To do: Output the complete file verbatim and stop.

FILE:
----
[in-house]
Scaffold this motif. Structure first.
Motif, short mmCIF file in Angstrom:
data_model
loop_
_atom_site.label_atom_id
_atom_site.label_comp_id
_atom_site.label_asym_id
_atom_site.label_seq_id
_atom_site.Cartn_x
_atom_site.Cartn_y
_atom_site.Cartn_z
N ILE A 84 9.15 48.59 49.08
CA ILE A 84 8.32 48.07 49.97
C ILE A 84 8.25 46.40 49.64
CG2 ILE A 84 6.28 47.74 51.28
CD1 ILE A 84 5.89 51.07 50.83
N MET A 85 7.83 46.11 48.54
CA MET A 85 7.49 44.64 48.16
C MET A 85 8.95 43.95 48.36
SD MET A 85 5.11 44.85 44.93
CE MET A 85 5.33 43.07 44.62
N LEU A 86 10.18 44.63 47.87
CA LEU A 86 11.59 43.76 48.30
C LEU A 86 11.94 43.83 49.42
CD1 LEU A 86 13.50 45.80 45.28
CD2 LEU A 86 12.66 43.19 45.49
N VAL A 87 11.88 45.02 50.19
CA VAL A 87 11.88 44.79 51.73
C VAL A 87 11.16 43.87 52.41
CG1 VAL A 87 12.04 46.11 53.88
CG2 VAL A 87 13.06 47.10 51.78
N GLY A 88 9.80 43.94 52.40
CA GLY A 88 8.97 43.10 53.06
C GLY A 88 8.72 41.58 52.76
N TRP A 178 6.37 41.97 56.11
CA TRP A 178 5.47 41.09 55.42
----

[in-house]
Scaffold this motif. Structure first.
Motif, short mmCIF file in Angstrom:
data_model
loop_
_atom_site.label_atom_id
_atom_site.label_comp_id
_atom_site.label_asym_id
_atom_site.label_seq_id
_atom_site.Cartn_x
_atom_site.Cartn_y
_atom_site.Cartn_z
N ILE A 84 9.15 48.59 49.08
CA ILE A 84 8.32 48.07 49.97
C ILE A 84 8.25 46.40 49.64
CG2 ILE A 84 6.28 47.74 51.28
CD1 ILE A 84 5.89 51.07 50.83
N MET A 85 7.83 46.11 48.54
CA MET A 85 7.49 44.64 48.16
C MET A 85 8.95 43.95 48.36
SD MET A 85 5.11 44.85 44.93
CE MET A 85 5.33 43.07 44.62
N LEU A 86 10.18 44.63 47.87
CA LEU A 86 11.59 43.76 48.30
C LEU A 86 11.94 43.83 49.42
CD1 LEU A 86 13.50 45.80 45.28
CD2 LEU A 86 12.66 43.19 45.49
N VAL A 87 11.88 45.02 50.19
CA VAL A 87 11.88 44.79 51.73
C VAL A 87 11.16 43.87 52.41
CG1 VAL A 87 12.04 46.11 53.88
CG2 VAL A 87 13.06 47.10 51.78
N GLY A 88 9.80 43.94 52.40
CA GLY A 88 8.97 43.10 53.06
C GLY A 88 8.72 41.58 52.76
N TRP A 178 6.37 41.97 56.11
CA TRP A 178 5.47 41.09 55.42